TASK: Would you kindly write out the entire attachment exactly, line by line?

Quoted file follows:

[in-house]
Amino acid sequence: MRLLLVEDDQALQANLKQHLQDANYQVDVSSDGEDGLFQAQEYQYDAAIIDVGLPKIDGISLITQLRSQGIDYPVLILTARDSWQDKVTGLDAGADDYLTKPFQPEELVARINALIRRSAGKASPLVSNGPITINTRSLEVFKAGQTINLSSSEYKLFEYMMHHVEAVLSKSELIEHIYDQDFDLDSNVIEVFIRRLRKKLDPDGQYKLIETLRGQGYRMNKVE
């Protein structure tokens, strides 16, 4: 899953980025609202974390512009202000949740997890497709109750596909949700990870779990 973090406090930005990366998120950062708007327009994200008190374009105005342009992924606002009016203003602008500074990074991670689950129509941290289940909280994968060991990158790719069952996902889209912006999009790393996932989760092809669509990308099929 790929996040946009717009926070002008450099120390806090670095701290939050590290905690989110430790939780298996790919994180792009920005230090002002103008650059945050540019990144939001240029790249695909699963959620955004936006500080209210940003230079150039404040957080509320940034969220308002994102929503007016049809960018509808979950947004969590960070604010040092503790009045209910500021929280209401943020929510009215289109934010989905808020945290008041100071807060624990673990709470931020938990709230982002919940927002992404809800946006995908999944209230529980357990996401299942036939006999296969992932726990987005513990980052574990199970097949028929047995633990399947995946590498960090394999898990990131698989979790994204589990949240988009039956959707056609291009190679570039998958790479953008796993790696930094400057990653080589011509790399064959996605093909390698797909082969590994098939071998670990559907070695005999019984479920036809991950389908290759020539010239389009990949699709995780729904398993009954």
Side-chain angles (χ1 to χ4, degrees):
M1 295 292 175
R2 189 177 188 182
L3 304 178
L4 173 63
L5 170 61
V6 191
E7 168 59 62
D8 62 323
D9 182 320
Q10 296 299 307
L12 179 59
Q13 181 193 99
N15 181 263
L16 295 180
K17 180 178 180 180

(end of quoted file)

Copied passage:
[in-house]
Amino acid sequence: MRLLLVEDDQALQANLKQHLQDANYQVDVSSDGEDGLFQAQEYQYDAAIIDVGLPKIDGISLITQLRSQGIDYPVLILTARDSWQDKVTGLDAGADDYLTKPFQPEELVARINALIRRSAGKASPLVSNGPITINTRSLEVFKAGQTINLSSSEYKLFEYMMHHVEAVLSKSELIEHIYDQDFDLDSNVIEVFIRRLRKKLDPDGQYKLIETLRGQGYRMNKVE
């Protein structure tokens, strides 16, 4: 899953980025609202974390512009202000949740997890497709109750596909949700990870779990 973090406090930005990366998120950062708007327009994200008190374009105005342009992924606002009016203003602008500074990074991670689950129509941290289940909280994968060991990158790719069952996902889209912006999009790393996932989760092809669509990308099929 790929996040946009717009926070002008450099120390806090670095701290939050590290905690989110430790939780298996790919994180792009920005230090002002103008650059945050540019990144939001240029790249695909699963959620955004936006500080209210940003230079150039404040957080509320940034969220308002994102929503007016049809960018509808979950947004969590960070604010040092503790009045209910500021929280209401943020929510009215289109934010989905808020945290008041100071807060624990673990709470931020938990709230982002919940927002992404809800946006995908999944209230529980357990996401299942036939006999296969992932726990987005513990980052574990199970097949028929047995633990399947995946590498960090394999898990990131698989979790994204589990949240988009039956959707056609291009190679570039998958790479953008796993790696930094400057990653080589011509790399064959996605093909390698797909082969590994098939071998670990559907070695005999019984479920036809991950389908290759020539010239389009990949699709995780729904398993009954």
Side-chain angles (χ1 to χ4, degrees):
M1 295 292 175
R2 189 177 188 182
L3 304 178
L4 173 63
L5 170 61
V6 191
E7 168 59 62
D8 62 323
D9 182 320
Q10 296 299 307
L12 179 59
Q13 181 193 99
N15 181 263
L16 295 180
K17 180 178 180 180